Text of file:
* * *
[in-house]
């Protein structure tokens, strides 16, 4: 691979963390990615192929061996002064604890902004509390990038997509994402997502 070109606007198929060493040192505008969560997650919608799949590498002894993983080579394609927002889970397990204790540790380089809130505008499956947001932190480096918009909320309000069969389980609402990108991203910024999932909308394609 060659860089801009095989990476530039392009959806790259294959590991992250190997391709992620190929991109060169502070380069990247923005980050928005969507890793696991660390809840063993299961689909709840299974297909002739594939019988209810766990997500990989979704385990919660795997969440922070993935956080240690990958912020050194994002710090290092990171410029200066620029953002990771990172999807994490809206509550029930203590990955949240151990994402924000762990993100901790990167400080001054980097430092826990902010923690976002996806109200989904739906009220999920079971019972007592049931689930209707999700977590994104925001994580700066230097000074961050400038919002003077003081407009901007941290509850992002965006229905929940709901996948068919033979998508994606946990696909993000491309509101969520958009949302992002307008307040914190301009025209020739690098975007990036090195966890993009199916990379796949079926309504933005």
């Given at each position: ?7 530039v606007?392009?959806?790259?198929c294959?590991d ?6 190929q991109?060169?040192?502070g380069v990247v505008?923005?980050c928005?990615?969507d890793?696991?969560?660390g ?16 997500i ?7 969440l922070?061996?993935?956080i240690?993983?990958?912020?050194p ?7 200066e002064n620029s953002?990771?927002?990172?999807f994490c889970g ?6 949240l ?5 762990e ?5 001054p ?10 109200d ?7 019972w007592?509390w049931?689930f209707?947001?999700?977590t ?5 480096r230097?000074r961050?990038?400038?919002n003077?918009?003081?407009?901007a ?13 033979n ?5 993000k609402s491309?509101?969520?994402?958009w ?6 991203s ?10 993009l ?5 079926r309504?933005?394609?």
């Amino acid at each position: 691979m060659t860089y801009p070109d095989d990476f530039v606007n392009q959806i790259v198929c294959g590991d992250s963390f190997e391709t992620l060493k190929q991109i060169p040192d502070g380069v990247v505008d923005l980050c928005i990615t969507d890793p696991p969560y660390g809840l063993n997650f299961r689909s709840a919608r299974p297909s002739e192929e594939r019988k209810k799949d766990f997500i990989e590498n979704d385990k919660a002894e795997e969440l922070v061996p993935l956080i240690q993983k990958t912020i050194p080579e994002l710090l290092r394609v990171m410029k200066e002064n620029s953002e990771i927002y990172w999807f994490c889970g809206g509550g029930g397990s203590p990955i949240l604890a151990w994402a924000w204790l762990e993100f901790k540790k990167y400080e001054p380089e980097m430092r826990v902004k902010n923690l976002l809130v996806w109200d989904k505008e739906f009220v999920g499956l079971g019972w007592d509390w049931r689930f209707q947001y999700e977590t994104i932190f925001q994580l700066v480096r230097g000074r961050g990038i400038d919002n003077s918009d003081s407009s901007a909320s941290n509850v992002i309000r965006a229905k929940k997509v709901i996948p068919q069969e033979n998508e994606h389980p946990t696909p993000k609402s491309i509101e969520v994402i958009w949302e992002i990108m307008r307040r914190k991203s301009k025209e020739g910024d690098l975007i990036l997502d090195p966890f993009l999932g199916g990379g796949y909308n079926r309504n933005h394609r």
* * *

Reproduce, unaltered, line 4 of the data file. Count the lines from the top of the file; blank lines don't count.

């Amino acid at each position: 691979m060659t860089y801009p070109d095989d990476f530039v606007n392009q959806i790259v198929c294959g590991d992250s963390f190997e391709t992620l060493k190929q991109i060169p040192d502070g380069v990247v505008d923005l980050c928005i990615t969507d890793p696991p969560y660390g809840l063993n997650f299961r689909s709840a919608r299974p297909s002739e192929e594939r019988k209810k799949d766990f997500i990989e590498n979704d385990k919660a002894e795997e969440l922070v061996p993935l956080i240690q993983k990958t912020i050194p080579e994002l710090l290092r394609v990171m410029k200066e002064n620029s953002e990771i927002y990172w999807f994490c889970g809206g509550g029930g397990s203590p990955i949240l604890a151990w994402a924000w204790l762990e993100f901790k540790k990167y400080e001054p380089e980097m430092r826990v902004k902010n923690l976002l809130v996806w109200d989904k505008e739906f009220v999920g499956l079971g019972w007592d509390w049931r689930f209707q947001y999700e977590t994104i932190f925001q994580l700066v480096r230097g000074r961050g990038i400038d919002n003077s918009d003081s407009s901007a909320s941290n509850v992002i309000r965006a229905k929940k997509v709901i996948p068919q069969e033979n998508e994606h389980p946990t696909p993000k609402s491309i509101e969520v994402i958009w949302e992002i990108m307008r307040r914190k991203s301009k025209e020739g910024d690098l975007i990036l997502d090195p966890f993009l999932g199916g990379g796949y909308n079926r309504n933005h394609r």